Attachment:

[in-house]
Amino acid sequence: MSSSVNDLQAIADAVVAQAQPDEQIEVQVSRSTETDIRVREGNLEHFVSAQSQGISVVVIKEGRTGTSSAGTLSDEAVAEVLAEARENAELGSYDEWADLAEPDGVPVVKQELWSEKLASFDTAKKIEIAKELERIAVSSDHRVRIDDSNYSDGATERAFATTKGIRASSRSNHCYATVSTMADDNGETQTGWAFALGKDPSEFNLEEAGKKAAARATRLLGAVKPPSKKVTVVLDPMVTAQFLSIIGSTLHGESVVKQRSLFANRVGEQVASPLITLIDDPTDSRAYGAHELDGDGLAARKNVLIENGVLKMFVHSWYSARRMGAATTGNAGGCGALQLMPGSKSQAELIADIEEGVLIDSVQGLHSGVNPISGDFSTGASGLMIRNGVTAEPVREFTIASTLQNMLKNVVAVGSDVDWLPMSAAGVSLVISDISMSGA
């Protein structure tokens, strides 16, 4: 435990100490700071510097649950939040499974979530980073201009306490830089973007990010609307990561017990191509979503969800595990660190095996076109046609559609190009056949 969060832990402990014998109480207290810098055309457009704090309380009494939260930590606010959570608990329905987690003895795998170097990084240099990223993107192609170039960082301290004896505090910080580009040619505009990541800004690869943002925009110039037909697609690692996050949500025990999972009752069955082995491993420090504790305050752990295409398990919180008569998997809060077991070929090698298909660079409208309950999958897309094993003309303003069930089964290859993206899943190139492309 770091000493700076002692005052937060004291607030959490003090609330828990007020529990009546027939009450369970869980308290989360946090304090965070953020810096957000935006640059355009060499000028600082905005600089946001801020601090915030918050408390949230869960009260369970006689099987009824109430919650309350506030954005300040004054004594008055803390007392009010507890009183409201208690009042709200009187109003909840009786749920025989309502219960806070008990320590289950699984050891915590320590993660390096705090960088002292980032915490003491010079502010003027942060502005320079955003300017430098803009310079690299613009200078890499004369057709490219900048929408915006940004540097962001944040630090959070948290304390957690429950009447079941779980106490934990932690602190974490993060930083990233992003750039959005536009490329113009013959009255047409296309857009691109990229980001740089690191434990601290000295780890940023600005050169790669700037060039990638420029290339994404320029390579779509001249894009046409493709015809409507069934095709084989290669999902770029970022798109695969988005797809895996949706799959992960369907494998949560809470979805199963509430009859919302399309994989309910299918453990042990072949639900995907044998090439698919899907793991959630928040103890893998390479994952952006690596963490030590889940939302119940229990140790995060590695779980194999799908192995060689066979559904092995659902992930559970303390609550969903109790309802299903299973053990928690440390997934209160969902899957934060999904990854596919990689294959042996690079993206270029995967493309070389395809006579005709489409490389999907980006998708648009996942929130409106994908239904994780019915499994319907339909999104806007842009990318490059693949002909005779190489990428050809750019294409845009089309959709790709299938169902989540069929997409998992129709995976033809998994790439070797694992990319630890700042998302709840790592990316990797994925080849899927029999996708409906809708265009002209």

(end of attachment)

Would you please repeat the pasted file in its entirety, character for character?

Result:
[in-house]
Amino acid sequence: MSSSVNDLQAIADAVVAQAQPDEQIEVQVSRSTETDIRVREGNLEHFVSAQSQGISVVVIKEGRTGTSSAGTLSDEAVAEVLAEARENAELGSYDEWADLAEPDGVPVVKQELWSEKLASFDTAKKIEIAKELERIAVSSDHRVRIDDSNYSDGATERAFATTKGIRASSRSNHCYATVSTMADDNGETQTGWAFALGKDPSEFNLEEAGKKAAARATRLLGAVKPPSKKVTVVLDPMVTAQFLSIIGSTLHGESVVKQRSLFANRVGEQVASPLITLIDDPTDSRAYGAHELDGDGLAARKNVLIENGVLKMFVHSWYSARRMGAATTGNAGGCGALQLMPGSKSQAELIADIEEGVLIDSVQGLHSGVNPISGDFSTGASGLMIRNGVTAEPVREFTIASTLQNMLKNVVAVGSDVDWLPMSAAGVSLVISDISMSGA
């Protein structure tokens, strides 16, 4: 435990100490700071510097649950939040499974979530980073201009306490830089973007990010609307990561017990191509979503969800595990660190095996076109046609559609190009056949 969060832990402990014998109480207290810098055309457009704090309380009494939260930590606010959570608990329905987690003895795998170097990084240099990223993107192609170039960082301290004896505090910080580009040619505009990541800004690869943002925009110039037909697609690692996050949500025990999972009752069955082995491993420090504790305050752990295409398990919180008569998997809060077991070929090698298909660079409208309950999958897309094993003309303003069930089964290859993206899943190139492309 770091000493700076002692005052937060004291607030959490003090609330828990007020529990009546027939009450369970869980308290989360946090304090965070953020810096957000935006640059355009060499000028600082905005600089946001801020601090915030918050408390949230869960009260369970006689099987009824109430919650309350506030954005300040004054004594008055803390007392009010507890009183409201208690009042709200009187109003909840009786749920025989309502219960806070008990320590289950699984050891915590320590993660390096705090960088002292980032915490003491010079502010003027942060502005320079955003300017430098803009310079690299613009200078890499004369057709490219900048929408915006940004540097962001944040630090959070948290304390957690429950009447079941779980106490934990932690602190974490993060930083990233992003750039959005536009490329113009013959009255047409296309857009691109990229980001740089690191434990601290000295780890940023600005050169790669700037060039990638420029290339994404320029390579779509001249894009046409493709015809409507069934095709084989290669999902770029970022798109695969988005797809895996949706799959992960369907494998949560809470979805199963509430009859919302399309994989309910299918453990042990072949639900995907044998090439698919899907793991959630928040103890893998390479994952952006690596963490030590889940939302119940229990140790995060590695779980194999799908192995060689066979559904092995659902992930559970303390609550969903109790309802299903299973053990928690440390997934209160969902899957934060999904990854596919990689294959042996690079993206270029995967493309070389395809006579005709489409490389999907980006998708648009996942929130409106994908239904994780019915499994319907339909999104806007842009990318490059693949002909005779190489990428050809750019294409845009089309959709790709299938169902989540069929997409998992129709995976033809998994790439070797694992990319630890700042998302709840790592990316990797994925080849899927029999996708409906809708265009002209």